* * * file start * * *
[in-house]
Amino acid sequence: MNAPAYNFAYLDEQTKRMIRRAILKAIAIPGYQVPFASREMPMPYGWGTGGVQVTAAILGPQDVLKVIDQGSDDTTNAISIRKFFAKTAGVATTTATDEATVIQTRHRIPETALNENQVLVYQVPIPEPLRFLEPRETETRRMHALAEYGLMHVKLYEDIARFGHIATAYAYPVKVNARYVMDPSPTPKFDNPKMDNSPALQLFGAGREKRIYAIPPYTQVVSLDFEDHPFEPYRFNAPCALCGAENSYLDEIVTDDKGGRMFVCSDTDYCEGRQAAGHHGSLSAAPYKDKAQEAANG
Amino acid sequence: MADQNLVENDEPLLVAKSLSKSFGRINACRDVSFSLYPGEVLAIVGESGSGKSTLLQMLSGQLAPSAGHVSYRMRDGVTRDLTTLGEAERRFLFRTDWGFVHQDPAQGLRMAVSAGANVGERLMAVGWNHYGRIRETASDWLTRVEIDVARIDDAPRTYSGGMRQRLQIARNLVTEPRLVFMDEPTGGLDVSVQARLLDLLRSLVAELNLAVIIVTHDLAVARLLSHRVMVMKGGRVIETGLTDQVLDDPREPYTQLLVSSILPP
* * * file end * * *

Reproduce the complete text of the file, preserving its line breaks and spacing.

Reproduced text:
[in-house]
Amino acid sequence: MNAPAYNFAYLDEQTKRMIRRAILKAIAIPGYQVPFASREMPMPYGWGTGGVQVTAAILGPQDVLKVIDQGSDDTTNAISIRKFFAKTAGVATTTATDEATVIQTRHRIPETALNENQVLVYQVPIPEPLRFLEPRETETRRMHALAEYGLMHVKLYEDIARFGHIATAYAYPVKVNARYVMDPSPTPKFDNPKMDNSPALQLFGAGREKRIYAIPPYTQVVSLDFEDHPFEPYRFNAPCALCGAENSYLDEIVTDDKGGRMFVCSDTDYCEGRQAAGHHGSLSAAPYKDKAQEAANG
Amino acid sequence: MADQNLVENDEPLLVAKSLSKSFGRINACRDVSFSLYPGEVLAIVGESGSGKSTLLQMLSGQLAPSAGHVSYRMRDGVTRDLTTLGEAERRFLFRTDWGFVHQDPAQGLRMAVSAGANVGERLMAVGWNHYGRIRETASDWLTRVEIDVARIDDAPRTYSGGMRQRLQIARNLVTEPRLVFMDEPTGGLDVSVQARLLDLLRSLVAELNLAVIIVTHDLAVARLLSHRVMVMKGGRVIETGLTDQVLDDPREPYTQLLVSSILPP